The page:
Iraq latest from Asharq al-Awsat (via Juan Cole)

Johannes Schneider Johannes.Schneider at gmx.net
Fri Apr 25 03:34:33 MDT 2003


>From Juan Cole's blolog at:

http://www.juancole.com/

Friday, April 25, 2003

*Apparently two nights ago there was a major battle in the Mashtal quarter
of New Baghdad between US troops and Arab volunteers who had gone there to
fight them from all over the Arab world. The word is that 3 US soldiers were
killed, but there are no details. - Asharq al-Awsat


*Iran has allowed some 2000 armed men of various factions to infiltrate back
into Iraq, according to Ali Nourizadeh of Asharq al-Awsat. These include
Badr Brigade fighters of the Supreme Council for Islamic Revolution in Iraq
(SCIRI), as well as some militiamen loyal to the al-Da`wa Party. In
addition, several hundred armed members of the Quds Brigade have been sent
over, as well. These fighters belong to families of Iraqi Shiites of Iranian
heritage, who were expelled to Iran in the tens of thousands by Saddam. Many
of their families had been in Iraq for decades, and some for centuries. Many
of these infiltrators speak Arabic with an Iraqi accent.


He says the fighters were given arms and loaded down with dollars by Iranian
hardliners before they set out. They were instructed to take over 11 major
towns and cities with a largely Shiite population, implementing rule by
"revolutionary committee" (Persian: Komiteh) as happened in Iran after the
Feb. 1979 Khomeini revolution. He says they came in and spread around money
to the Shiite seminary students, getting them on their side. He warns that a
couple of units who came in with deputy SCIRI leader Abd al-`Aziz al-Hakim
had been trained in guerrilla and suicide bombing tactics.


This account strikes me as inaccurate in detail and overly schematic. It may
have been influenced by a similar report of Debka, an unreliable Israeli
site that often puts out disinformation. For instance, in Nasiriya the US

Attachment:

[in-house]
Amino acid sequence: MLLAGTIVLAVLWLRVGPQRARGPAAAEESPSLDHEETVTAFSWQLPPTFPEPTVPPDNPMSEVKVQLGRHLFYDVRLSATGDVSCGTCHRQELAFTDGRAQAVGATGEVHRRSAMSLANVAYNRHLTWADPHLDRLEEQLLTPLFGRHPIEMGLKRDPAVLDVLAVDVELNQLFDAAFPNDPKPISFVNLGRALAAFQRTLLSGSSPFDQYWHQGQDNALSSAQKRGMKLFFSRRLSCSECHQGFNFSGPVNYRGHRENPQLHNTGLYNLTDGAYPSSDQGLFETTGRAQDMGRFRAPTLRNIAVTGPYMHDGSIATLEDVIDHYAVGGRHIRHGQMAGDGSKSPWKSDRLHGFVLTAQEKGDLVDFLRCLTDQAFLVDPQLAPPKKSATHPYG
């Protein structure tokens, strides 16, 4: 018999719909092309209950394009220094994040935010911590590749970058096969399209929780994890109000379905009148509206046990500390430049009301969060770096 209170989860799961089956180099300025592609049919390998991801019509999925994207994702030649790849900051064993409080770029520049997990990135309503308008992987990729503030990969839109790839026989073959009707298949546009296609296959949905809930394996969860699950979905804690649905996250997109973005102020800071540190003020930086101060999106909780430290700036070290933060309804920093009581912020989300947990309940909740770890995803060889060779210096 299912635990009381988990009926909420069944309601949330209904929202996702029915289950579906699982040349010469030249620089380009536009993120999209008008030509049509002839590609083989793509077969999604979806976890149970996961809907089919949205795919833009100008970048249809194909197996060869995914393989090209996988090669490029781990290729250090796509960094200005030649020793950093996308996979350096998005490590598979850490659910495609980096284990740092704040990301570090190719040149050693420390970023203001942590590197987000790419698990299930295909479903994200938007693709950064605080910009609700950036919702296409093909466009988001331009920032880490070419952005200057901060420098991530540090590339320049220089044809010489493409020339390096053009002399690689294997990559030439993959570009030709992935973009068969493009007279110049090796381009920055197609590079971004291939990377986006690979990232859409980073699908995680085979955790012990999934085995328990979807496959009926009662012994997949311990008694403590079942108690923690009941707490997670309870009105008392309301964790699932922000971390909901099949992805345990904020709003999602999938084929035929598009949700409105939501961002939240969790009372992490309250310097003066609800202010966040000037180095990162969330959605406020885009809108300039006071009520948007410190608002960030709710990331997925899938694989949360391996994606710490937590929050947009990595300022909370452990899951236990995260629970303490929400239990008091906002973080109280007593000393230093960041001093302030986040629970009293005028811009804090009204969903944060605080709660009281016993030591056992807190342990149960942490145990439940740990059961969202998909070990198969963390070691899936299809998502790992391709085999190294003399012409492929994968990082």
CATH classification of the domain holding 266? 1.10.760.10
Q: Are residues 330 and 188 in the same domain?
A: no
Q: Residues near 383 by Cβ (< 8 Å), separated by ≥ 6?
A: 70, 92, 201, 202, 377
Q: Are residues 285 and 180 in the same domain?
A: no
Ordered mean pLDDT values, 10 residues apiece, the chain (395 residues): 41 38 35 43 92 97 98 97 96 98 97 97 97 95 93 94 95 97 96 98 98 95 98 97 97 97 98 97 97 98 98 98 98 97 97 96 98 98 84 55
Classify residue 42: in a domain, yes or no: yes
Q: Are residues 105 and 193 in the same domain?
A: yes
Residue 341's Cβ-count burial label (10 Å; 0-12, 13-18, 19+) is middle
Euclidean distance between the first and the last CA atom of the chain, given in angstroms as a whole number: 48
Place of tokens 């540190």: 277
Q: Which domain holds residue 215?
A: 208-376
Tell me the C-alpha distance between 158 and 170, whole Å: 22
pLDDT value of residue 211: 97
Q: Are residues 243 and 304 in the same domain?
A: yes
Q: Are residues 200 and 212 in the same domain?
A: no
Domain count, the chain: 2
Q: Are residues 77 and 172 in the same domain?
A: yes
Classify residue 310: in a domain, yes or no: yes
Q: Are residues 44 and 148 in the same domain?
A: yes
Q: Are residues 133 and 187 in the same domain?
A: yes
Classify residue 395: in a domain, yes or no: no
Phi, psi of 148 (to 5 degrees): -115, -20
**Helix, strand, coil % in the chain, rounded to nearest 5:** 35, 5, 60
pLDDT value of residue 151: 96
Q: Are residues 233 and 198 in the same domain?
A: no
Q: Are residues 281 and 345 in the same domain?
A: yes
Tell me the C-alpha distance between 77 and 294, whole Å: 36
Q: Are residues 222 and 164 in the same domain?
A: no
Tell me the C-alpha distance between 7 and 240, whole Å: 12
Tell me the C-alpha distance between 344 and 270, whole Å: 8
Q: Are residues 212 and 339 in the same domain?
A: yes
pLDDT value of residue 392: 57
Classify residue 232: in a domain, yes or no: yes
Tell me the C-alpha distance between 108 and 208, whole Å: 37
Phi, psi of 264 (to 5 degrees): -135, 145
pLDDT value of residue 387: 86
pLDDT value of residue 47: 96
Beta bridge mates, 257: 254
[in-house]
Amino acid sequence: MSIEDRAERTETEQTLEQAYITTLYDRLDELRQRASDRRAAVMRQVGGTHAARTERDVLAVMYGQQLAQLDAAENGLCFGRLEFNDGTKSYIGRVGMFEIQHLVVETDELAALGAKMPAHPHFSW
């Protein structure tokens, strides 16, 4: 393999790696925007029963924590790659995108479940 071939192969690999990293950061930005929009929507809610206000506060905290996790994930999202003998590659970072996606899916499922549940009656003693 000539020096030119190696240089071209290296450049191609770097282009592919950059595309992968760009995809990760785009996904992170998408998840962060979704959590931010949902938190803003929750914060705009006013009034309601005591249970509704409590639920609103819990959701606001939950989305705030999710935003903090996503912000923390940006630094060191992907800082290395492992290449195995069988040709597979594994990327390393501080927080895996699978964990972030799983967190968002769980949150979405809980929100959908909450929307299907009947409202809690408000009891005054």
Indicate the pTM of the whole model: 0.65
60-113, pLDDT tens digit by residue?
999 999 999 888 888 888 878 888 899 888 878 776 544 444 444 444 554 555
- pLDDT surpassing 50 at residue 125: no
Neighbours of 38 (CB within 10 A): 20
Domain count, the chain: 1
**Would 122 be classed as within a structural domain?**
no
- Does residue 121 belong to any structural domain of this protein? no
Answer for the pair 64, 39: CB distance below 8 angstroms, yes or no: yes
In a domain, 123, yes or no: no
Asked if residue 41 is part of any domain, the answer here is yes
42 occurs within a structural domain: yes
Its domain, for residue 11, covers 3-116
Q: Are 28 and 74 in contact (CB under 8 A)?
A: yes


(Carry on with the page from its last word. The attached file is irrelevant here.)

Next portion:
Marines are in control of the city quite firmly. The Al-Da`wa Party appears
to be hugely influential there politically, but there hasn't been effective
al-Da`wa militia activity, and al-Da`wa leaders have fretted that SCIRI and
the Sadr Movement are outflanking them elsewhere because they do have
militias. Likewise, in Amara (pop. 340,000), there appears to have been a
spontaneous local Shiite revolt against the Baath during the last days of
fighting. Last I heard it is in local Shiite hands. A reporter said on April
24 that there were rumors in Amara of Iranian infiltration, but the local
British official said he had seen no sign of it. SCIRI fighters do not
control Najaf or Karbala or Kufa, as Nourizadeh implies. The Sadr Movement
militia seems to dominate Kufa, whereas tribesmen loyal to Grand Ayatollah
Ali Sistani came in to restore order to Najaf. So, I don't doubt Badr
Brigade and Quds Brigade infiltration to some places, but it hasn't resulted
in the takeover of 11 towns and cities. Indeed, the Badr Brigade appears to
have been chased out of Sadr City, the biggest center of Shiite population.


Allowing these forces to cross the border (which cannot in any case be
easily policed, since it is long and cuts through rugged territory) breaks a
gentleman's agreement between Tehran and Washington reached during the past
two or three months. Nourizadeh suggests that SCIRI in particular had been
seeking a way to live peacefully with the "new American neighbor," and its
non-confrontational policy may have been over-ruled by hardliners in Iran. I
personally disagree with this analysis, though. I think SCIRI leader
Muhammad Baqir al-Hakim feels that the US stabbed him in the back when they
decided not to allow the expatriate organizations to come in and form a
provisional government. Zalmay Khalilzad and Paul Wolfowitz suddenly
announced that Iraq would be US-ruled for an indefinite period of time. I
think SCIRI infiltration is revenge on al-Hakim's part for what he sees as a
betrayal. He has warned the US several times against wearing out its
welcome.







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